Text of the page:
You reach into your pocket or your purse and realize: I lost my wallet. You set it on the table … or in your car … or on the restaurant table. And now it’s gone.

When you have a lost wallet or handbag, your first instinct is to panic. Before you do, take a deep breath and remember these tips listed below to make sure losing your wallet is just a hassle, not a tragedy.

What Should I Do if I Lost My Wallet?

Call Your Bank

Your debit card gives a thief direct access to your bank account. That means a thief can make purchases that drain your account — leaving you unable to pay bills and cover critical costs. If your debit card was stolen, you need to report it quickly. If you notify your bank within two business days of losing a debit card, your loss is limited to $50. But you can lose as much as $500 if you don’t report the lost card within two days — and more if you wait more than 60 days. The sooner your card is canceled, the safer your account will be.

Notify Credit Card Companies

Fortunately, credit cards pose less risk than debit cards — your loss tops out at $50 if someone starts making fraudulent charges with your card. But don’t wait to cancel your card. You’ll avoid the headache of disputing fraudulent charges if you cancel your credit cards before a thief has the opportunity to use them. If you're having trouble remembering which cards were in your wallet when it was lost or stolen, you can access a list of all your active credit cards by checking your credit report.

File a Lost Wallet Police Report

It may seem drastic, but establishing a police report (and therefore a timeline and pertinent details) could be very important later on. For example, if your identity is stolen and you need to dispute charges, having a police report on file could be vital to helping you back up your claims. Be prepared to provide details on how and where your wallet or purse went missing, and its contents.

Call Your Health Insurance Company

If you keep a health insurance card in your wallet — and most of us do — you’ll want to report this. Medical identity theft is on the rise, with thieves using stolen information to purchase prescriptions and medical services and leaving someone else with the bill. Check with your insurance company to see if it can provide you with a temporary ID card until a replacement arrives in the mail, just in case you have a medical emergency.

Contact a Credit Bureau to Set Up a Fraud Alert

Contact one of the three big credit bureaus (Equifax, Experian or TransUnion) to place a fraud alert on file. Why only call one? They’re legally obligated to contact the other bureaus if a fraud alert is placed on your account. A fraud alert requires a credit bureau to contact you if someone tries to set up a new account under your name. Once set, a fraud alert will stay in place for 90 days.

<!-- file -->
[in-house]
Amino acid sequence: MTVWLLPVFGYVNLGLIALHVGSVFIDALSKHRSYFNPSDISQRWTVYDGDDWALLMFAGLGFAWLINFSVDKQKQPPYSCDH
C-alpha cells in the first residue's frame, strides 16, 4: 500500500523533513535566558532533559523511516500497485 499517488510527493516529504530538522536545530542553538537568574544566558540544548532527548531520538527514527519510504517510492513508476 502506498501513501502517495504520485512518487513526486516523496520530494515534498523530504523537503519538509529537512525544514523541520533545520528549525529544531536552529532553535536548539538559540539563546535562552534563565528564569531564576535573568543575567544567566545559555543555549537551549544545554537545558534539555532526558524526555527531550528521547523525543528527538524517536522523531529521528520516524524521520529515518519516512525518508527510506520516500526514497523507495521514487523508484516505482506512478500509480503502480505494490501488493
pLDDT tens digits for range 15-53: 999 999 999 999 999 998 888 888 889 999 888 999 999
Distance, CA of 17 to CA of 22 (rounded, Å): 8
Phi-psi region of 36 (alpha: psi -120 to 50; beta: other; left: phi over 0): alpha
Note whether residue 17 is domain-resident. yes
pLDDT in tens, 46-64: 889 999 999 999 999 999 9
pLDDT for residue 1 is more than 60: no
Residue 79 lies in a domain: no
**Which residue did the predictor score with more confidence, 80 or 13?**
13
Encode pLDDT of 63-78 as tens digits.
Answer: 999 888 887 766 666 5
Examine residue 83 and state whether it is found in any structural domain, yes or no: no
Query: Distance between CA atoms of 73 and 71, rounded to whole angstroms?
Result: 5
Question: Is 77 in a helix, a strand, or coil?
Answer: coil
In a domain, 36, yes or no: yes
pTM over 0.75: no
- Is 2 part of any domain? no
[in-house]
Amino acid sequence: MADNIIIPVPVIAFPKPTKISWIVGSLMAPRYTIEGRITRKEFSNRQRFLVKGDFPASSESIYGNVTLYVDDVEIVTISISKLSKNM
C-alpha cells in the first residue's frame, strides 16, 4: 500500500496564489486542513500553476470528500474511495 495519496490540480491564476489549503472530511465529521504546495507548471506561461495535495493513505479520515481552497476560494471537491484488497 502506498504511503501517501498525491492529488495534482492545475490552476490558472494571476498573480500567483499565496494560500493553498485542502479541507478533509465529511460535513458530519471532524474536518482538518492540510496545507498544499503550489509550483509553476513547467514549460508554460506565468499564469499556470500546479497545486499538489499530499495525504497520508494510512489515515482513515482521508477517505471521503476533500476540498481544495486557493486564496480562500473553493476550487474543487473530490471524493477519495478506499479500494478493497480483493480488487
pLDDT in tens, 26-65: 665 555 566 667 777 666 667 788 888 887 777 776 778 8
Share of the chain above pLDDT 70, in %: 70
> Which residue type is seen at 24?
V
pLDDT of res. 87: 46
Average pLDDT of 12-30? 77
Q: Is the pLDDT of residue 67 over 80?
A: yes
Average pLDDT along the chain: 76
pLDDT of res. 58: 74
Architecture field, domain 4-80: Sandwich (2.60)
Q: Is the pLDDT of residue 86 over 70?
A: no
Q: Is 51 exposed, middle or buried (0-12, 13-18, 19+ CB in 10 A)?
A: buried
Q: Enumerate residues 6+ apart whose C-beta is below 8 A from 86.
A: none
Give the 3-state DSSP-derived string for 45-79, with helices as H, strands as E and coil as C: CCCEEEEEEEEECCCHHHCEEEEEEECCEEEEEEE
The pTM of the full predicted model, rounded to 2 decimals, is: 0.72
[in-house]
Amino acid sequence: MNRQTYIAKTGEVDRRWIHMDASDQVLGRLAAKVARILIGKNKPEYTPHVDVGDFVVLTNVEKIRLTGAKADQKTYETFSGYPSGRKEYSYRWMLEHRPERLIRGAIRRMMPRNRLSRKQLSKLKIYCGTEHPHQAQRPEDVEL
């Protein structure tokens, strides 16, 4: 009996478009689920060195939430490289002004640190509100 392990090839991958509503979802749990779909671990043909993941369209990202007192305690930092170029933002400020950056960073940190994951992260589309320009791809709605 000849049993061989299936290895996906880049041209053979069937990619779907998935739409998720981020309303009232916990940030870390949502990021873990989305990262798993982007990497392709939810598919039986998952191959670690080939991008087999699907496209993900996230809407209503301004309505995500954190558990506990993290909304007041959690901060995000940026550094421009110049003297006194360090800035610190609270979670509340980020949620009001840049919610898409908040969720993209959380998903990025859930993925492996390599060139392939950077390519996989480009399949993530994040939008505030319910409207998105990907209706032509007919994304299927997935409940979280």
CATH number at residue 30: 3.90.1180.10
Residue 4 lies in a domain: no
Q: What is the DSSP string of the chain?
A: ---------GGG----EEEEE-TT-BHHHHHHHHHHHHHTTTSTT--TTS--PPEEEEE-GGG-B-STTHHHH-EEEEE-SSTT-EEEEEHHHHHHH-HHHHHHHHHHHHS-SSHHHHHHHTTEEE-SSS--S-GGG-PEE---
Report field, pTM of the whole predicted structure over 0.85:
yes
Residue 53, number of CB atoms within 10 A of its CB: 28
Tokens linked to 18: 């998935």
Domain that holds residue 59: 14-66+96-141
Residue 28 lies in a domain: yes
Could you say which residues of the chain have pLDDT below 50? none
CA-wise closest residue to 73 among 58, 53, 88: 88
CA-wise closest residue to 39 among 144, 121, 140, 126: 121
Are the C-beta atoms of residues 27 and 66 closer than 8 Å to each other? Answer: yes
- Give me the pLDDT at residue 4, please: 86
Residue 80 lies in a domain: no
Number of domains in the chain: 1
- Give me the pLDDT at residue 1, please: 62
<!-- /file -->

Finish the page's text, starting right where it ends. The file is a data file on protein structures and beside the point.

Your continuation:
Take Inventory of Missing Items

If your wallet isn’t recovered, you’ll need to replace all of the items it contained. Make a list of the items you need to replace (such as a driver’s license) and which organizations you need to contact to make the process of replacing those items as easy as possible.

How to Find a Lost Wallet

A missing wallet isn’t always a stolen wallet. Is it possible that you dropped it or left it somewhere by mistake? If you’re able to recover a missing wallet, you’ll save yourself the headache of replacing critical items. Here’s how to find a lost wallet.

1. Create a timeline. When was the last time you remember having your wallet in your possession? Once you identify that moment, you can determine where you need to look first.

2. Re-trace your steps. If you think you misplaced it at a business, call or stop by to see if anyone has turned it in. Even if it hasn’t been recovered, leave your name and phone number and ask that someone contact you if it’s found.

3. Take action. Once you’ve determined that your purse or wallet is actually gone, act fast to reduce financial risk.

Stay Protected

There are a few preventive measures you can take to minimize the impact of losing your wallet, like not carrying a lot of cash, and never carrying around your Social Security card. You might also want to consider identity theft protection to protect your credit and your reputation — ask your local Farm Bureau agent for details.

Want to learn more?

Contact a local FBFS agent or advisor for answers personalized to you.